…Does My Twenty-Five-Year-Old Son Make Me Look Old?

Avery 25th

Our son, Avery, just turned twenty-five. Twenty-five! Two and a half decades! I still have vivid memories of that towheaded, blue-eyed toddler, with the ever-present grin, who was running as soon as he could walk. He called me “Mama” and displayed clever wit from the start. At eighteen months, his favorite toy was a Playmobil firetruck complete with a bucket ladder that could go up and down. There were firefighters and a Dalmatian that fit into the bucket. One day, I put the dog into the ladder in the down position, and said, “Look, honey, a Dalmatian. Dal-ma-tian. Can you say that?”

Avery didn’t miss a beat. He put the ladder, complete with dog, in the up position and said, “Upmatian.” He grinned, waiting to see if I got the joke. When I did, I spent the next several weeks – or couple of decades – bragging about my son’s sense of humor.

Twenty-five years. All those milestones and goalposts that he’s hit. The physical growth – he’s six feet tall; the personal growth – he no longer regards himself as the expert on a given topic as he knows there’s always more to learn; the academic achievements and strides in his career; the ease and confidence that come with maturity.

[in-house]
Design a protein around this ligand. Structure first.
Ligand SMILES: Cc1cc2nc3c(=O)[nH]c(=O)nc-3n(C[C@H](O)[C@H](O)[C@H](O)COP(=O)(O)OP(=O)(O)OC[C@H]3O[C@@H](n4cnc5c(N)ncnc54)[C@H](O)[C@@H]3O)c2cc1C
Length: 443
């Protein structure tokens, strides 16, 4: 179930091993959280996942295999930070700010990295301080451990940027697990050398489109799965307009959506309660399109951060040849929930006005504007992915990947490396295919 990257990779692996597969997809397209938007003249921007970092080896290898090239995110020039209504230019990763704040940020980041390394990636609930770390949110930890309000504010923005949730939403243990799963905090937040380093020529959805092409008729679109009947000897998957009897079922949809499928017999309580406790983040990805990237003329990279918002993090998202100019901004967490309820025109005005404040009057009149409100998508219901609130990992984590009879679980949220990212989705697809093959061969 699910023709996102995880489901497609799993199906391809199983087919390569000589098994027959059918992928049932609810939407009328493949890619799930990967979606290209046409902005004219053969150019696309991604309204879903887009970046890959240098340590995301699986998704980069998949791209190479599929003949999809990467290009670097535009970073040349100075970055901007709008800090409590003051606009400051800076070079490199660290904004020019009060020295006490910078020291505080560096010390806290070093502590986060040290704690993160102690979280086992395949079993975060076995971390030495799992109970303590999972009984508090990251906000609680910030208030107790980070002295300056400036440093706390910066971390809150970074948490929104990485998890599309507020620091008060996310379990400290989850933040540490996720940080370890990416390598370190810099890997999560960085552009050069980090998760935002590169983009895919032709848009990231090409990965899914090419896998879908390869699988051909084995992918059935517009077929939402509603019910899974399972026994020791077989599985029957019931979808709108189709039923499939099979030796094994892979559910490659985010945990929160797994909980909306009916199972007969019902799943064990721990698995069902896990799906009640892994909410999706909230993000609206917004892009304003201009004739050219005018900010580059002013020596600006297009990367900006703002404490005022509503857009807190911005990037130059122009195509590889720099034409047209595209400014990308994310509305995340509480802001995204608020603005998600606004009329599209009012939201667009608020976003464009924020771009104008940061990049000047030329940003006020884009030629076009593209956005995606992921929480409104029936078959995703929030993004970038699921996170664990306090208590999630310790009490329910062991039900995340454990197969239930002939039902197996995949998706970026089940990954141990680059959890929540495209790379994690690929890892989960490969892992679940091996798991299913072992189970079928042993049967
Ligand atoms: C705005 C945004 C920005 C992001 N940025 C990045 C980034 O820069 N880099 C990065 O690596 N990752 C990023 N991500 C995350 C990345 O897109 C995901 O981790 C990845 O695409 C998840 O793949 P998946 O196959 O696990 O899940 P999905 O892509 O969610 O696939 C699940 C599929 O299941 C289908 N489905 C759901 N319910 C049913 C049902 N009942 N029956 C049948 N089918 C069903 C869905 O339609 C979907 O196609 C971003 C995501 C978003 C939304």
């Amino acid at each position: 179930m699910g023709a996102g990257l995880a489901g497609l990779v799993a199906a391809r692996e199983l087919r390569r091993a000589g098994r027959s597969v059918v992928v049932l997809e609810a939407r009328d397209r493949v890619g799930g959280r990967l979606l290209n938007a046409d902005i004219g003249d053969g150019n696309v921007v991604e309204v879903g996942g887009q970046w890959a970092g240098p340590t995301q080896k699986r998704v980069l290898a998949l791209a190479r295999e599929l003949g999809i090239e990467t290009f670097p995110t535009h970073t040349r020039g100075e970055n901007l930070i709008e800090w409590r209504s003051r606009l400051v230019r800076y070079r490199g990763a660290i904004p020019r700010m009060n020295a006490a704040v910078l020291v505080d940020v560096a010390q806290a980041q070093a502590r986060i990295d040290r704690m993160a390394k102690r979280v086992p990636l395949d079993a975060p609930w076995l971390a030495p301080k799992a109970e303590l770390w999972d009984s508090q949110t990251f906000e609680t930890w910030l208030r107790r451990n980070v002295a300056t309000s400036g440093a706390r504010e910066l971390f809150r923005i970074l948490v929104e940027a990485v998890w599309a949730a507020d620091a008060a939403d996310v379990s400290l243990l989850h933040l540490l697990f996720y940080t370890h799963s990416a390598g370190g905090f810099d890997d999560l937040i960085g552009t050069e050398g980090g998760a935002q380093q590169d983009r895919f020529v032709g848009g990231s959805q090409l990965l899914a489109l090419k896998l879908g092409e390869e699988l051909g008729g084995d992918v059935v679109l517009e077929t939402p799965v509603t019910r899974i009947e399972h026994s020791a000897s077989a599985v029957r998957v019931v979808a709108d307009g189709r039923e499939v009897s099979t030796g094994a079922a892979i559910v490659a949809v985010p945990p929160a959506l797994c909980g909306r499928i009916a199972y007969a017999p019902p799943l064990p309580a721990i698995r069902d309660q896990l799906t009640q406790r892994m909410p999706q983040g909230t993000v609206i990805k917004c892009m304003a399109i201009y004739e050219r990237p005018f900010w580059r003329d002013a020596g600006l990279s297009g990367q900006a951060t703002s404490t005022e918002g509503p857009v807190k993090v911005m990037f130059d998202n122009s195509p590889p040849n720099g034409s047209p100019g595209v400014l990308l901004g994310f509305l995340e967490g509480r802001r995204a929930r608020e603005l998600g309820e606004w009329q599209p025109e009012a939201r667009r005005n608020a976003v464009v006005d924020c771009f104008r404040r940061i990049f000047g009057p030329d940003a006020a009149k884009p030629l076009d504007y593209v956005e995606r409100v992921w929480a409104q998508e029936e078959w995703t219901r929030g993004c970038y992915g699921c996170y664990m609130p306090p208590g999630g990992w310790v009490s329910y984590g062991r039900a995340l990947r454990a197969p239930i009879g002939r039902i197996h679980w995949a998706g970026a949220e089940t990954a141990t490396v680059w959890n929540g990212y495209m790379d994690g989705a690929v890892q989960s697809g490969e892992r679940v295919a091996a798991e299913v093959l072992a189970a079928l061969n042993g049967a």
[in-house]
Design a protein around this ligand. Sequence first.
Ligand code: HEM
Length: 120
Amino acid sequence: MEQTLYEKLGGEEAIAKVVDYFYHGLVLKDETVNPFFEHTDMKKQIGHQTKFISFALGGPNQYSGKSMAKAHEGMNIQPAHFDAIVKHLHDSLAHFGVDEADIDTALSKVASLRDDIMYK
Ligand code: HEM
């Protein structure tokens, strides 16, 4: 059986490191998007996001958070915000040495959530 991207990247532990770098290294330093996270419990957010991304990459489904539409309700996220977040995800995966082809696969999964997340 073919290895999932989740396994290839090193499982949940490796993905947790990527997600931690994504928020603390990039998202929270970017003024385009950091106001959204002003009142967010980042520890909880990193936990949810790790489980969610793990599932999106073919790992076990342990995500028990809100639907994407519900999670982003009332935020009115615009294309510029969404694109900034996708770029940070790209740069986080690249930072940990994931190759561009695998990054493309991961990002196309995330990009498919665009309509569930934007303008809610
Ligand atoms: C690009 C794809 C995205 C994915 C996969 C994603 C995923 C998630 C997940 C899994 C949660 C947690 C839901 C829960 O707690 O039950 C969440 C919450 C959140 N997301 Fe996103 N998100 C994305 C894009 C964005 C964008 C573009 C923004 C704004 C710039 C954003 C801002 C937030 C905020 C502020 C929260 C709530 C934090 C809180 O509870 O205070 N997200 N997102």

So, while Avery has spent the past twenty-five years growing into this fine young man, let’s focus on the important question: does my twenty-five-year-old make me look old? Because, let’s face it, in my little world, isn’t it always about me?

Do I miss the infant I used to cradle in the sleepy hours of the morning or the pudgy little hand in mine as we crossed busy streets? Of course. His sports teams that became part of my life. His church classes that meant I became an instructor. His school field trips that I attended as a chaperone. I was his chauffeur, his organizer, his chef, his doctor, his teacher, his cheerleader, his comforter. I was his everything. So, what happens to me now that he’s all grown up?